2Pac, 2Pacalypse Now (November 12, 1991)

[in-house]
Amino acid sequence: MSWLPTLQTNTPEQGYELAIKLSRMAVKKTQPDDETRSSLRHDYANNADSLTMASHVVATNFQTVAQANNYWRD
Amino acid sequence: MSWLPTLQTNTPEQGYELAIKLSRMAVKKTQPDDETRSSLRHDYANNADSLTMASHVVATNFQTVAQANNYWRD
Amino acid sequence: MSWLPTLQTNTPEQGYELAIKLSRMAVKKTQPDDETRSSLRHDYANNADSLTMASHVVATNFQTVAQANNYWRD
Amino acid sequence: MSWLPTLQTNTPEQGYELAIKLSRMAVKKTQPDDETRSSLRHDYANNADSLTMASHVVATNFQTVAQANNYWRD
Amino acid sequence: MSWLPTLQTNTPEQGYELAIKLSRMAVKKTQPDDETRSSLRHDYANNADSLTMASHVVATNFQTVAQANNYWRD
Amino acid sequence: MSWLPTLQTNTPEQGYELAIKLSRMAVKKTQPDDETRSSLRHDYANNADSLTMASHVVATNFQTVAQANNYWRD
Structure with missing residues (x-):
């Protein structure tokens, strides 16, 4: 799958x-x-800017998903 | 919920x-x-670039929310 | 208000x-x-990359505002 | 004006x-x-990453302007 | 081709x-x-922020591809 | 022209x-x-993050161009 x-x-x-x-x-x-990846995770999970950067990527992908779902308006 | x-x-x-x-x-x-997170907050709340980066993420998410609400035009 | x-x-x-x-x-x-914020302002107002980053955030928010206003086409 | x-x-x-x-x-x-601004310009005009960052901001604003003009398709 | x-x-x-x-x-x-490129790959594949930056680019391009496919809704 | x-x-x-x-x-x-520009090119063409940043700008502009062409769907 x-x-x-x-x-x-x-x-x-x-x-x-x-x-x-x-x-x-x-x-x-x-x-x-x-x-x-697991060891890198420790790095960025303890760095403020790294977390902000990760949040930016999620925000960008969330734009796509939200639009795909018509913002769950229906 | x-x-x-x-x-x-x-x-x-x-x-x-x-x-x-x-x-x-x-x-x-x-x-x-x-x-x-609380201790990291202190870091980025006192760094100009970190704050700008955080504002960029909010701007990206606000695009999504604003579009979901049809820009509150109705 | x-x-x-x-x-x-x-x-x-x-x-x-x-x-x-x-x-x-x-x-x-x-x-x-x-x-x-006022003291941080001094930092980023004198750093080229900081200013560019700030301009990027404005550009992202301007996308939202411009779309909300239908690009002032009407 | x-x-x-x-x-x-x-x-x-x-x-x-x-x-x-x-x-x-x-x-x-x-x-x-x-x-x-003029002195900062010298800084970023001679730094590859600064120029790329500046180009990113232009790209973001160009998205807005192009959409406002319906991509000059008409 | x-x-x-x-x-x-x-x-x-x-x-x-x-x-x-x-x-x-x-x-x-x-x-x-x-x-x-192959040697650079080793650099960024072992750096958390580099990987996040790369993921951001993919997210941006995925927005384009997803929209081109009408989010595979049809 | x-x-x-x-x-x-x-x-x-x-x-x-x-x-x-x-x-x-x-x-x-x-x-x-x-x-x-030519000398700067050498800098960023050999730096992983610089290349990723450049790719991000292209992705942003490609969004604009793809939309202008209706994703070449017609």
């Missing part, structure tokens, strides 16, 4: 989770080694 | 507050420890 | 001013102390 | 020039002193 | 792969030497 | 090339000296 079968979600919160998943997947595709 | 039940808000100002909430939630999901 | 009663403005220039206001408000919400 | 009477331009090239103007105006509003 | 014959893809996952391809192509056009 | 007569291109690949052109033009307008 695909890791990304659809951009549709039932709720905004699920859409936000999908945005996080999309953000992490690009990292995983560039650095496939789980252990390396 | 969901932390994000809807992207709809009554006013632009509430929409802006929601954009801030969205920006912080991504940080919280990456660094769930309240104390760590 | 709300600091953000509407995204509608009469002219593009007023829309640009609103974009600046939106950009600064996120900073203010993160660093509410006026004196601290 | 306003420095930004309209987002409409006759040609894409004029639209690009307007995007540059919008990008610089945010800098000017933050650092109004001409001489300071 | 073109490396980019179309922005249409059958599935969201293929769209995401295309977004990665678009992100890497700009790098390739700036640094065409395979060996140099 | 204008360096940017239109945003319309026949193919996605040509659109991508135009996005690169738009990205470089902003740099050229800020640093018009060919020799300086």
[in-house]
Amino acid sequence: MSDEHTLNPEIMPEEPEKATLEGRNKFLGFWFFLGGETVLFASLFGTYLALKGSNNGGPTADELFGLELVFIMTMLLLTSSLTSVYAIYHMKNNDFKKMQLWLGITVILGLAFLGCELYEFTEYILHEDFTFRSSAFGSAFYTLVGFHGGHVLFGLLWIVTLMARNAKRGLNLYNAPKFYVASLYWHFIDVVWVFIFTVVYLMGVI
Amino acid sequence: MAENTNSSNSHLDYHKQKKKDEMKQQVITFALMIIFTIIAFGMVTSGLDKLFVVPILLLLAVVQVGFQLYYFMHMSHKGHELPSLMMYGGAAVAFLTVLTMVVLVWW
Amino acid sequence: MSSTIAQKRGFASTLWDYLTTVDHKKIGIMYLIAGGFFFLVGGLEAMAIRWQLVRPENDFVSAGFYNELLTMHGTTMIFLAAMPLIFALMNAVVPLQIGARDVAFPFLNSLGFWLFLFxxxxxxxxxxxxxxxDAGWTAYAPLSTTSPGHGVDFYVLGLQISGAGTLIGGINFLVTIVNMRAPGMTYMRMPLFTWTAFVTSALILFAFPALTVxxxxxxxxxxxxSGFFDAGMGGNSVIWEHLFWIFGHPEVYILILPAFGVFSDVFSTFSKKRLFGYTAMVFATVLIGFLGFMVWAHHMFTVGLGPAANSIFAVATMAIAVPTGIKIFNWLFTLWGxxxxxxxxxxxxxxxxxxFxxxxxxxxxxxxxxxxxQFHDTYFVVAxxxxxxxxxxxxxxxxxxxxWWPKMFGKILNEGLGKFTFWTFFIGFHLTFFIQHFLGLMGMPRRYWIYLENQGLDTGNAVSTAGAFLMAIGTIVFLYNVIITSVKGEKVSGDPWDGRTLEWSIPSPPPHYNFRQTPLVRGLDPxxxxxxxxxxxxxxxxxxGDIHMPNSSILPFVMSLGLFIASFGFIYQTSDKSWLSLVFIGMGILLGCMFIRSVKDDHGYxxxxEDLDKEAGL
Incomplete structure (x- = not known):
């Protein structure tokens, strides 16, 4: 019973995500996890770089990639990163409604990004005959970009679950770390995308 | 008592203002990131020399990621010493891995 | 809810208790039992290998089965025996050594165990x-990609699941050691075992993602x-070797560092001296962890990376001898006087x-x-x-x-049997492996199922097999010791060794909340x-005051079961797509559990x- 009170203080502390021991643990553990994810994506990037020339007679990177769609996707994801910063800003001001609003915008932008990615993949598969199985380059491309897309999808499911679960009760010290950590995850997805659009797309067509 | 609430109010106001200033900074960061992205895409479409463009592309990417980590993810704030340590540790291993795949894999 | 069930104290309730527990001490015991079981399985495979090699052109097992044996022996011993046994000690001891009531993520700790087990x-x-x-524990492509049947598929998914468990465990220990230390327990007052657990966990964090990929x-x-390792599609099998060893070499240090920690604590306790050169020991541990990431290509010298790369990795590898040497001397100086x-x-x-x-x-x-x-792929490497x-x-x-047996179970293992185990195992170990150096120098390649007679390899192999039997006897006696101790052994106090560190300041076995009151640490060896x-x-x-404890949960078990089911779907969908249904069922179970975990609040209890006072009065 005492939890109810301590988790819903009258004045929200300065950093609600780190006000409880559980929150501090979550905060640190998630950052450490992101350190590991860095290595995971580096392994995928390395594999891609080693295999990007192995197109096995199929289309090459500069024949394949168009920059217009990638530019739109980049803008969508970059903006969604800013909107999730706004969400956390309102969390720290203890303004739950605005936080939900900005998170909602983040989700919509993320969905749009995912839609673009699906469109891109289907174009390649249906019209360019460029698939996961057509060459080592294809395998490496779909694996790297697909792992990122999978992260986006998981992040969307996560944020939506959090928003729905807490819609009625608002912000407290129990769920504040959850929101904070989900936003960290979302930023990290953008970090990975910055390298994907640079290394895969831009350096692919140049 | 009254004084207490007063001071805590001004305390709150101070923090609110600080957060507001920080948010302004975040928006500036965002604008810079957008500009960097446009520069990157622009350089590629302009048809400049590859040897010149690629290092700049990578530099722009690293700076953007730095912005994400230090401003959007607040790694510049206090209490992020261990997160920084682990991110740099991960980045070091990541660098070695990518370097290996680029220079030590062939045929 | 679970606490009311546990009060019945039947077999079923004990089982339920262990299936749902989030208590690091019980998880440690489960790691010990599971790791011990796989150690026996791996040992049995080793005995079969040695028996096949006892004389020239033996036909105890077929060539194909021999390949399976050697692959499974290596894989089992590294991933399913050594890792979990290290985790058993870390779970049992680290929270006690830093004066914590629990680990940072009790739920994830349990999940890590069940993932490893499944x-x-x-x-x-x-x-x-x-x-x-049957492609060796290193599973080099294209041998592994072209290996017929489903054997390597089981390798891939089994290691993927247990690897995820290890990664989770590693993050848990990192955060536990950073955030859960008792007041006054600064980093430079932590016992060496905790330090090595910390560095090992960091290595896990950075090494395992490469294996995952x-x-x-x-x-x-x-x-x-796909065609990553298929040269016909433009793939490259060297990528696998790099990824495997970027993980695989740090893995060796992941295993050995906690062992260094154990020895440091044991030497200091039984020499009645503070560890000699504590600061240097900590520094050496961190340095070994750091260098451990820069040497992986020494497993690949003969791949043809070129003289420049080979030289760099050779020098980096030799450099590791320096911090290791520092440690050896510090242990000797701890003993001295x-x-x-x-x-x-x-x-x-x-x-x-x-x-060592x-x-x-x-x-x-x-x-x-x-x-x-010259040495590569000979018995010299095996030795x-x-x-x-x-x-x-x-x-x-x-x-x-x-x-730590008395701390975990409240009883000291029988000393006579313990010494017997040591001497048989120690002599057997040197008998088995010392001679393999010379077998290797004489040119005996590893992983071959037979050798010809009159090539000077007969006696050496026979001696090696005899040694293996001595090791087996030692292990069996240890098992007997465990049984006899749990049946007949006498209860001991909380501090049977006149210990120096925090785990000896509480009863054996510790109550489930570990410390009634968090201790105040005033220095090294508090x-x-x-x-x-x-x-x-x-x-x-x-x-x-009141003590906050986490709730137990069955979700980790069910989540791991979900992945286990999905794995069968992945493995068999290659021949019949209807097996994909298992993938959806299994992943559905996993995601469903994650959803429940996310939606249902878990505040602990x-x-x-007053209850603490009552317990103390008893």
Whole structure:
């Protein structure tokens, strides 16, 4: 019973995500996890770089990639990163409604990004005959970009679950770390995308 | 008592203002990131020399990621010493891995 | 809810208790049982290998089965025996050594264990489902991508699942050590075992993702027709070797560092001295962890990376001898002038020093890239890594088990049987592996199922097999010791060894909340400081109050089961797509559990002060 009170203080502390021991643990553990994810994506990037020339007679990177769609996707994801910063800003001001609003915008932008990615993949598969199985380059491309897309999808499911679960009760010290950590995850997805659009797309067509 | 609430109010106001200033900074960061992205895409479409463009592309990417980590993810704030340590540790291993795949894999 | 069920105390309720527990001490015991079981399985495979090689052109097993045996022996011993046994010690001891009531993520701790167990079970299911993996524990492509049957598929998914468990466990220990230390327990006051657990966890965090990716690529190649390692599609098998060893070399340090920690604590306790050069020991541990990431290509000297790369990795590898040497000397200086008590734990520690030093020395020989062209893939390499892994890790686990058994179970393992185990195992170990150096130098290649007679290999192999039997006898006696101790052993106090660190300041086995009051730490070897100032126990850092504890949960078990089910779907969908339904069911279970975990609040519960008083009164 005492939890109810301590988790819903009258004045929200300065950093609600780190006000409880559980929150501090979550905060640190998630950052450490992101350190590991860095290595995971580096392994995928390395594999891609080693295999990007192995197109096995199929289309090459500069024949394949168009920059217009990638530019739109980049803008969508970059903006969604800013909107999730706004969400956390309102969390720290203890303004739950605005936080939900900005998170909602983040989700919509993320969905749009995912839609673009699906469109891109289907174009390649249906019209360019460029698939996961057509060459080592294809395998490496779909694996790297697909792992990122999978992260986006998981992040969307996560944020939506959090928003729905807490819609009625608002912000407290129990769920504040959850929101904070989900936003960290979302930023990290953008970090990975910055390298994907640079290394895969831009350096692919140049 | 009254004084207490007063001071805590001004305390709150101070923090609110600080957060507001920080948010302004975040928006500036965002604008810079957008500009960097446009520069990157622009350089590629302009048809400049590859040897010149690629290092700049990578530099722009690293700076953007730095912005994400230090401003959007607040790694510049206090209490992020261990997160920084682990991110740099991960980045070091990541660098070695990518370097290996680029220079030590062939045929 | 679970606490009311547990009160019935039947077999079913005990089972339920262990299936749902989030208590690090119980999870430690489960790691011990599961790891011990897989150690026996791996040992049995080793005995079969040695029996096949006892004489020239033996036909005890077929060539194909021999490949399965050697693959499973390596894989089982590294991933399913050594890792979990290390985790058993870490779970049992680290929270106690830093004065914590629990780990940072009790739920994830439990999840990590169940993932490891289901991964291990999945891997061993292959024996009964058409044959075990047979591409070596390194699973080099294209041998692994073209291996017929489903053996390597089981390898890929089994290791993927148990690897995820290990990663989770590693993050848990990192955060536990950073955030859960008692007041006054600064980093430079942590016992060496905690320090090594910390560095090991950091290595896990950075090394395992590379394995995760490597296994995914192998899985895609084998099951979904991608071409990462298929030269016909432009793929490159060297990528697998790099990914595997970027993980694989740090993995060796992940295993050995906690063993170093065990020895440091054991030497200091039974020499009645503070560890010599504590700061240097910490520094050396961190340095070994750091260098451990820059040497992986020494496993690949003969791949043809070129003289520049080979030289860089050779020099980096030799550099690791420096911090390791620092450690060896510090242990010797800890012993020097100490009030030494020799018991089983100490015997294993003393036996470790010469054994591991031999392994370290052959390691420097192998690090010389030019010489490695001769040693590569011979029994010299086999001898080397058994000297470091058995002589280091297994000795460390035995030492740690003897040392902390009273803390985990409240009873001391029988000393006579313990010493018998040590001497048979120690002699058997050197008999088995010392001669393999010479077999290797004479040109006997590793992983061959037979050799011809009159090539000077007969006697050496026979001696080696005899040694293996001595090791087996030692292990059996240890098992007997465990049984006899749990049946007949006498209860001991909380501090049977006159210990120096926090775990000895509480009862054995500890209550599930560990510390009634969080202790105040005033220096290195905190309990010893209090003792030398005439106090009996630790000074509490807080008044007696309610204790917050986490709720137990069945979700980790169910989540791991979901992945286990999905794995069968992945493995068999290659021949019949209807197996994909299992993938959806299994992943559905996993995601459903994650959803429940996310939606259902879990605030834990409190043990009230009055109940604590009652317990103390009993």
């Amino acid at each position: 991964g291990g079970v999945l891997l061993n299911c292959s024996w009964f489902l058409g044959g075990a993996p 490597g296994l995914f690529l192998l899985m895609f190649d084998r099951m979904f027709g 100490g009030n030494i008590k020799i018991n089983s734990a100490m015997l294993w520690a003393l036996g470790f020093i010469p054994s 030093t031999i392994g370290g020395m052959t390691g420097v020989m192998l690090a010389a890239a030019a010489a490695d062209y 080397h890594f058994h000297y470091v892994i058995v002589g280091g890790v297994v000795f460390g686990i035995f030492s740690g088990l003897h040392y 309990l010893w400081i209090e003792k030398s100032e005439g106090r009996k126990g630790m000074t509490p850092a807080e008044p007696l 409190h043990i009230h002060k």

It’s hard to recall how shocking 2Pacalypse Now must have sounded in 1991. 2Pac was best known for his goofy verse on Digital Underground’s 1990 hit single “Same Song” (“Now I clown around when I hang around with the Underground”), and for dressing up like Shock G’s alter-ego Humpty Hump at DU concerts. That left little preparation for the murderous raps of 2Pacalypse Now. On “Soulja’s Story,” a spin on Public Enemy’s “Black Steel in the Hour of Chaos,” he imagined himself as a “young black male” that sells weed and “drops a cop” that harasses him; and the younger brother that attempts to break his sibling out of Sing Sing, only to get killed during the ensuing prison riot. “I Don’t Give a Fuck” and “Violent” threw so many accusations and threats at Oakland police that it ensured 2Pac lifetime of police harassment and public condemnation by then-Vice President Dan Quayle. “If this is violence then violent’s what I gotta be/ If you investigate you’ll find out where it’s coming from/ Look through our history, America’s the violent one,” he raps on “Violent.” Even back then, 2Pac’s public image diverged from his actual content. Mainstream rap fans who probably never heard the poor-selling 2Pacalypse Now hailed him as a “conscious” artist and inheritor of the Black Panther tradition on the strength of its two breakout singles. On the maudlin “Brenda’s Got a Baby,” he told a tragedy about a teenage incest victim (alongside overwrought backing vocals from future star Dave Hollister); while “If My Homie Calls,” where he promises lifelong friendship to his childhood buddies, sounds buoyant amidst the album’s gritty (albeit frequently plodding) Bomb Squad-inspired beats. It was a different era: black politics and social realism was a dominant aesthetic in 1991 hip-hop, much as conspicuous consumption, hunger for celebrity and grossly exaggerated crime exploits epitomizes hip-hop in 2011. Interscope.